I am, at long last, concluding the cowbird/Kirtland’s Warbler series which began with a brief Introduction, went on to provide an overview of cowbird ecology in Cowbirds 101 and Responses to comments on Cowbirds 101, moved to discuss some Problems with Cowbird Control in the management of endangered species, and most recently introduced the poster-bird of cowbird control in rare bird management in Kirtland’s Warbler 101. I will try here to bring it all together and put a bow on it.
Experts agree that habitat availability is the primary limiting factor of Kirtland’s Warbler populations. The surge in warbler numbers when the Mack Lake burn habitat “came online” is strong evidence of this. It is assumed by many that the warblers would not have survived as a species to occupy this chunk of habitat had cowbird control not been implemented. Rothstein and Peer (2005, references below) note, “…though it has been suggested that cowbird control saved the Kirtland’s Warbler from extinction, there is not conclusive evidence confirming this suggestion.” They go on to add:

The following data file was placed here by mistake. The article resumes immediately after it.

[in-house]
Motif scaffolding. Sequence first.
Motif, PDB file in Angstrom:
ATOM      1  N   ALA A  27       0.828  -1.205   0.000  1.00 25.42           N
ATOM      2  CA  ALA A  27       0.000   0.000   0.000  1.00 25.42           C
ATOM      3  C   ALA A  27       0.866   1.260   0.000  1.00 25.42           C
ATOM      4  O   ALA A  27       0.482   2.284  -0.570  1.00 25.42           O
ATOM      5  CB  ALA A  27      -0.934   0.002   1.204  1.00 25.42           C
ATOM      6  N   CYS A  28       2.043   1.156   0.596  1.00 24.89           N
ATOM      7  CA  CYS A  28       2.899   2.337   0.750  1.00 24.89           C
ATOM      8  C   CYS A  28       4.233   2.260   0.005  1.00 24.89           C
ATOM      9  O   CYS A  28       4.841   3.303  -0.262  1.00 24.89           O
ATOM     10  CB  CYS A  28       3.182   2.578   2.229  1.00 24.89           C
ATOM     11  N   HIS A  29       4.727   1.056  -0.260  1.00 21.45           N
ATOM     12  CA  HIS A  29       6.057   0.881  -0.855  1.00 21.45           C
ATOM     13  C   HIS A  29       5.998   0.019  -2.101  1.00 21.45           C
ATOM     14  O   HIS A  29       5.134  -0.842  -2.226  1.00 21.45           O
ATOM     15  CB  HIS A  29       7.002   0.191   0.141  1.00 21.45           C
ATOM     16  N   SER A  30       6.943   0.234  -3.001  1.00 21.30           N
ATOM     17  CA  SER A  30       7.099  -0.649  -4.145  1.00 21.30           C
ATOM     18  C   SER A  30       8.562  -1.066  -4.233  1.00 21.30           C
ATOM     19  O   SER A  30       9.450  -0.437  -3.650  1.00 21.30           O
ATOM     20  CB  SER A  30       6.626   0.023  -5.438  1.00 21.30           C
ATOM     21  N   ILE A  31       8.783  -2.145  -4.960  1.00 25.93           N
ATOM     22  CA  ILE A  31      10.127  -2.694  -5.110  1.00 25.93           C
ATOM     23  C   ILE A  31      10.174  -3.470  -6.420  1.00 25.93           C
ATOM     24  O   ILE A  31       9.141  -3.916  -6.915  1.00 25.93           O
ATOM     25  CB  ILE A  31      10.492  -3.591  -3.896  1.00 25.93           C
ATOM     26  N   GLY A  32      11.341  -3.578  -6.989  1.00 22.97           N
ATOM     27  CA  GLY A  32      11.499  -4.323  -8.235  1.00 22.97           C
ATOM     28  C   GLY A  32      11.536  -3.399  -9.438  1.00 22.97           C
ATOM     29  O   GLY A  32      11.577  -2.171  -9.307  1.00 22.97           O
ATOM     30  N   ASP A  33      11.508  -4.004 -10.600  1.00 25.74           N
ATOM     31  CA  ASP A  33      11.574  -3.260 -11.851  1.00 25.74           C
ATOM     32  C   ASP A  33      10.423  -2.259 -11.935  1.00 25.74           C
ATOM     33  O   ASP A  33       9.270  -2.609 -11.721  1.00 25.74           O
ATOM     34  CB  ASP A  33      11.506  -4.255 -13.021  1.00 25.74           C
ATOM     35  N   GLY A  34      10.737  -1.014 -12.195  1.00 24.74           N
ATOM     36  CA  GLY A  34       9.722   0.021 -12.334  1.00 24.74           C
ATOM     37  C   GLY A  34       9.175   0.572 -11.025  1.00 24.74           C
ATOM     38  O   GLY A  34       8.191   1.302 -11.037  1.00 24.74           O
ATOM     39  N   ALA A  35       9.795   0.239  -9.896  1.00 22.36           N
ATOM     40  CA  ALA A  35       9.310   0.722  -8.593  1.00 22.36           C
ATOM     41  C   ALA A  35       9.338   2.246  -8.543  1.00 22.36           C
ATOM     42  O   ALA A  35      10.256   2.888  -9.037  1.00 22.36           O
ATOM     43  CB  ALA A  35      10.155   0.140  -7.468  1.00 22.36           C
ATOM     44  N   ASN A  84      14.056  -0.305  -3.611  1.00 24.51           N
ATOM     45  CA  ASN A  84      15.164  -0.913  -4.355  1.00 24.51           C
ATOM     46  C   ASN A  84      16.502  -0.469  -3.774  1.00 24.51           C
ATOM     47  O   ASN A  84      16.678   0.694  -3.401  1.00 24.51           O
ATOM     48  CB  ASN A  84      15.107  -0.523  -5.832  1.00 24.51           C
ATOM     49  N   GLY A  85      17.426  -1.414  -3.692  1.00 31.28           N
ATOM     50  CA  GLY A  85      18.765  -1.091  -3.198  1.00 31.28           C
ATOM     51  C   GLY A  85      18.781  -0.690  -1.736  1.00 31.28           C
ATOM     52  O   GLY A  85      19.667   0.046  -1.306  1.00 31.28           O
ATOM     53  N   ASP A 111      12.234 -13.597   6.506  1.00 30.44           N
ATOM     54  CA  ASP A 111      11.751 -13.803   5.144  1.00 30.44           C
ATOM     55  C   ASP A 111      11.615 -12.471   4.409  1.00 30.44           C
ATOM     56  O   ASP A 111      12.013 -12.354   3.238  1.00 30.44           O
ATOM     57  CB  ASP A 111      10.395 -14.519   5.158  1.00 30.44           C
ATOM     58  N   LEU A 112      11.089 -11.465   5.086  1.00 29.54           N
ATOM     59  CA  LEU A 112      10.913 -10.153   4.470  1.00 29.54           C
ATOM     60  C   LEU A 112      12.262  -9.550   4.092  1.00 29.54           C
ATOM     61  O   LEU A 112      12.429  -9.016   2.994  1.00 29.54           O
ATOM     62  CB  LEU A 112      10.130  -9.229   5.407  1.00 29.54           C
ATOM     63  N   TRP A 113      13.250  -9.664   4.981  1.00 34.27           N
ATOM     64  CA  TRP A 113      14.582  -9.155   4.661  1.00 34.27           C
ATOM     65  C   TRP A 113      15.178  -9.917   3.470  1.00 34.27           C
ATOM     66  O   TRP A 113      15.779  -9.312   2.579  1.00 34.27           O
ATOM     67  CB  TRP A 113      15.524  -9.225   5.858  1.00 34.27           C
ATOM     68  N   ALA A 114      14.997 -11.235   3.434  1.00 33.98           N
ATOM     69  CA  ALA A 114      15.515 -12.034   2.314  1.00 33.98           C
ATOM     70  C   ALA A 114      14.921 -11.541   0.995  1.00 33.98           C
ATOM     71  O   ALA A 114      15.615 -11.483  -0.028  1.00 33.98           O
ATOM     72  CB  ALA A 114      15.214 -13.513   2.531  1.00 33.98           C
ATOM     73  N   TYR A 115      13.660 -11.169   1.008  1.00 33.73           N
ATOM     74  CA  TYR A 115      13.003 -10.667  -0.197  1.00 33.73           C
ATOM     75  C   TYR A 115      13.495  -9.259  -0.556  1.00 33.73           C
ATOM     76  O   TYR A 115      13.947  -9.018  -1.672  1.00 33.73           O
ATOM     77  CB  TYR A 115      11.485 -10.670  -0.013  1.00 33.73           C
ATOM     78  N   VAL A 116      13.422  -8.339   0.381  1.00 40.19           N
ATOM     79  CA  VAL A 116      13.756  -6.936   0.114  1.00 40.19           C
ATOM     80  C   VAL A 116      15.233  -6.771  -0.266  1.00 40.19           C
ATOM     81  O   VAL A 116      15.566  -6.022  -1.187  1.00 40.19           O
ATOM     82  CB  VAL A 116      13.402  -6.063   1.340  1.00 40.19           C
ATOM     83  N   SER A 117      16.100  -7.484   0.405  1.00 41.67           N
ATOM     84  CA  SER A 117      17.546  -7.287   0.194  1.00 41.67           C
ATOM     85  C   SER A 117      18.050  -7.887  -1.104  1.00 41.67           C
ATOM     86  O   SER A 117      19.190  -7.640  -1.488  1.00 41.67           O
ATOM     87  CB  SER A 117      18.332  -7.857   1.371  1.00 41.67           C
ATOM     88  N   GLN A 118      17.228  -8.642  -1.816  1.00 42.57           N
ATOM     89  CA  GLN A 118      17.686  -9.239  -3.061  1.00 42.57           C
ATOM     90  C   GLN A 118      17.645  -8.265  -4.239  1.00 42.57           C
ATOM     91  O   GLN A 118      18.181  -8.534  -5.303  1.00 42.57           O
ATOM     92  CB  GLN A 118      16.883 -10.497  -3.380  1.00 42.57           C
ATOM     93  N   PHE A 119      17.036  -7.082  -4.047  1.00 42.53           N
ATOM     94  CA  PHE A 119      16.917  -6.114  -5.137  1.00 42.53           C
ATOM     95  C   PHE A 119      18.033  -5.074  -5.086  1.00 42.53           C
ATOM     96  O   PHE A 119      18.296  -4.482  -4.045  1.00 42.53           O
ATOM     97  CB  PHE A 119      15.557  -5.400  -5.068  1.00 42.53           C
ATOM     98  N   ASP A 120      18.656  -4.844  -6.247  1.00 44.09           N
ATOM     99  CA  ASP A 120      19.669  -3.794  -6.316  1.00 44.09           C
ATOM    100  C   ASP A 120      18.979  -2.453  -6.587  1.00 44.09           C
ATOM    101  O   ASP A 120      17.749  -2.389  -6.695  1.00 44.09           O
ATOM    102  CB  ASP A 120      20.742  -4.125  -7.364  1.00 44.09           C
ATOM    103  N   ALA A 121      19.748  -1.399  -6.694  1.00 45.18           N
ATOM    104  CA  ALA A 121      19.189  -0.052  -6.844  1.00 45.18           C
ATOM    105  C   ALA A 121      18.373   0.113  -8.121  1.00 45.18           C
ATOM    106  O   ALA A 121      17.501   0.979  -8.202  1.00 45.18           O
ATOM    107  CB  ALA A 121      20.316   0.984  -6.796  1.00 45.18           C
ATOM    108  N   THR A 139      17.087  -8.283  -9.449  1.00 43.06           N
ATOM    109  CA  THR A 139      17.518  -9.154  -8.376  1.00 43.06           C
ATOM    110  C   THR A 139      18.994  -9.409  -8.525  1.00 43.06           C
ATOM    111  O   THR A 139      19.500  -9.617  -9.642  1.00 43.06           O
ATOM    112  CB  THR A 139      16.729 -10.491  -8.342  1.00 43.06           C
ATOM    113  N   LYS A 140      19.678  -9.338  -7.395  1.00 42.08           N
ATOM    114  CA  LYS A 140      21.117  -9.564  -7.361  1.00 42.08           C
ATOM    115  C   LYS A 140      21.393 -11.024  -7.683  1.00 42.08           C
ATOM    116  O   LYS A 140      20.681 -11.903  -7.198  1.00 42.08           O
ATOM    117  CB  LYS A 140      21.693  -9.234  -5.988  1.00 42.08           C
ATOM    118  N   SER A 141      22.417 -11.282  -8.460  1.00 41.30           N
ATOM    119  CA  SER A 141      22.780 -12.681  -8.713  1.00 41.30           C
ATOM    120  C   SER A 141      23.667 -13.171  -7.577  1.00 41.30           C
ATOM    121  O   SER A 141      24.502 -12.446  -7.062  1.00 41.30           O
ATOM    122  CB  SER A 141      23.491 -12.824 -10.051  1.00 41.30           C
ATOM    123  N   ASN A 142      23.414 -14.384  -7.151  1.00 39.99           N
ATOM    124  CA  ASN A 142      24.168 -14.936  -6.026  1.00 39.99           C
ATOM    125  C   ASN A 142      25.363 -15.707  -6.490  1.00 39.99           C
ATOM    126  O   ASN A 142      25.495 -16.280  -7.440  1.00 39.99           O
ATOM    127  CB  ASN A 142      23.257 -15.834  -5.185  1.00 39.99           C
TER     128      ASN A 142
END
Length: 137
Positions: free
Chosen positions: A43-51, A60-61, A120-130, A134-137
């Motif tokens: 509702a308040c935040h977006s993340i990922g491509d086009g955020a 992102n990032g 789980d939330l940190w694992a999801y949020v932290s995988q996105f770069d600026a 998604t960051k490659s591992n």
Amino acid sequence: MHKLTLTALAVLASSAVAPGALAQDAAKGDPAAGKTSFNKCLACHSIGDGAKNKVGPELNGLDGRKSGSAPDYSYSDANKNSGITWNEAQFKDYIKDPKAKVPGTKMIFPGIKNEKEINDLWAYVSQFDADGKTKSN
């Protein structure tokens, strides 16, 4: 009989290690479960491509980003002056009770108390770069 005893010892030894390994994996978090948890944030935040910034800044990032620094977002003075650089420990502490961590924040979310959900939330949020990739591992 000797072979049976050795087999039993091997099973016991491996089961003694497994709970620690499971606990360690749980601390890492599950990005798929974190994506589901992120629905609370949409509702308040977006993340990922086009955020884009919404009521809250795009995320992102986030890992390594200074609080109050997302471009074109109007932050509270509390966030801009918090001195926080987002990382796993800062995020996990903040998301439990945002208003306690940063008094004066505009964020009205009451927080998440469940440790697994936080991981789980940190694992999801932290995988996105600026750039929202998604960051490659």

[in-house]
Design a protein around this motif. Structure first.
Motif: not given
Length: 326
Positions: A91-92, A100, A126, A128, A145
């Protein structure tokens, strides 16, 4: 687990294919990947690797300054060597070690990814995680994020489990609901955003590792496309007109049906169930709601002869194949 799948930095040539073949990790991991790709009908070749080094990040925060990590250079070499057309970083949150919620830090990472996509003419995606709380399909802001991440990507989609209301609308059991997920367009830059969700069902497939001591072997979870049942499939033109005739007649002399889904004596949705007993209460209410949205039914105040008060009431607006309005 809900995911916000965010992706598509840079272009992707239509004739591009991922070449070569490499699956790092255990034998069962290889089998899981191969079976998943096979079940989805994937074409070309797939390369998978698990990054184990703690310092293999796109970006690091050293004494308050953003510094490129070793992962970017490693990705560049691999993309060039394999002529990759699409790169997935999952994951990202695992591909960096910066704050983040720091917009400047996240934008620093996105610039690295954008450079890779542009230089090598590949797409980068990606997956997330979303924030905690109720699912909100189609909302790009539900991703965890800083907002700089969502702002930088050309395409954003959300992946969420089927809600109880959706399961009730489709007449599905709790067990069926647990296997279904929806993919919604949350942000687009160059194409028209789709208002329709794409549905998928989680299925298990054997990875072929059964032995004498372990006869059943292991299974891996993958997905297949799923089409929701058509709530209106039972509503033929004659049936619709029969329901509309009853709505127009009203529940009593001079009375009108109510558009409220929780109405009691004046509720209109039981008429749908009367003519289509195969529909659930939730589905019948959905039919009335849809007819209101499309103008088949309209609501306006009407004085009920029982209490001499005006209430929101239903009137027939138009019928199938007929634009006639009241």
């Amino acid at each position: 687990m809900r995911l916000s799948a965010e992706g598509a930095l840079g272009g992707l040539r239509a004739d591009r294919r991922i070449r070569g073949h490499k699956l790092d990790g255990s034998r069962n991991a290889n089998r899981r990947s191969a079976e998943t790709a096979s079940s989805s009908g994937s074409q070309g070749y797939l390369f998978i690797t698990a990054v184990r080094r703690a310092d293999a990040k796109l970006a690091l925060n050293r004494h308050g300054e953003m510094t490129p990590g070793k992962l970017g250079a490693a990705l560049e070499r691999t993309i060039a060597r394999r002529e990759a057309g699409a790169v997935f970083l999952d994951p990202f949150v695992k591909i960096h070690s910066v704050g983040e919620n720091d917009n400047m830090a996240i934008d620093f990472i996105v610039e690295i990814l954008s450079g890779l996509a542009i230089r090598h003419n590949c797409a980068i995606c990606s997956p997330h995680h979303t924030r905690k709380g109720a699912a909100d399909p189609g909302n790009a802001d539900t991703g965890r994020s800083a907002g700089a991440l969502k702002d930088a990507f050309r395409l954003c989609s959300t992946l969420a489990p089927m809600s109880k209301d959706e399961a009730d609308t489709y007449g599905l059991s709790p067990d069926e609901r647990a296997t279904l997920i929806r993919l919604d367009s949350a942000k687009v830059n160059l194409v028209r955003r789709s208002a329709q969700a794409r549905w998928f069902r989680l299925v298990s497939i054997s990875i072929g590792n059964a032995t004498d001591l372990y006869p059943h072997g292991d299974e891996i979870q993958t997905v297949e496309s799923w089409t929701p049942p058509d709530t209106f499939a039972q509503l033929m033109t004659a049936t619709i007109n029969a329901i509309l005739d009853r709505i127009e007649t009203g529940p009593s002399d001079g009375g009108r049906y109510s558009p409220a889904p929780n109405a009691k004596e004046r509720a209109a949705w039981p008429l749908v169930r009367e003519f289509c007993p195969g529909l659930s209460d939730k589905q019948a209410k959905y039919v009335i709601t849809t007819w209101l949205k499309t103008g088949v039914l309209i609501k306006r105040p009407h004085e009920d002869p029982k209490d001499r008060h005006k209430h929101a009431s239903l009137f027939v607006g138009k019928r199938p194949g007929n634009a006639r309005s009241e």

…it requires an odd coincidence to suggest that the Kirtland’s Warbler was headed towards extinction only to be saved by cowbird control just when its population happened to be at the carrying capacity it would have for the next 18 years.
There are many factors limiting populations of the warbler on the breeding grounds. Even long-time warbler researcher Harold Mayfield acknowledged this, and noted in his book The Kirtland’s Warbler, “Therefore we must not suppose that eliminating the cowbird would bring to fledging all the young whose loss is statistically attributable to cowbirds.”
The truth is, we don’t exactly know what would have happened in the absence of cowbird control or, more importantly, exactly what would happen if we reduced it now.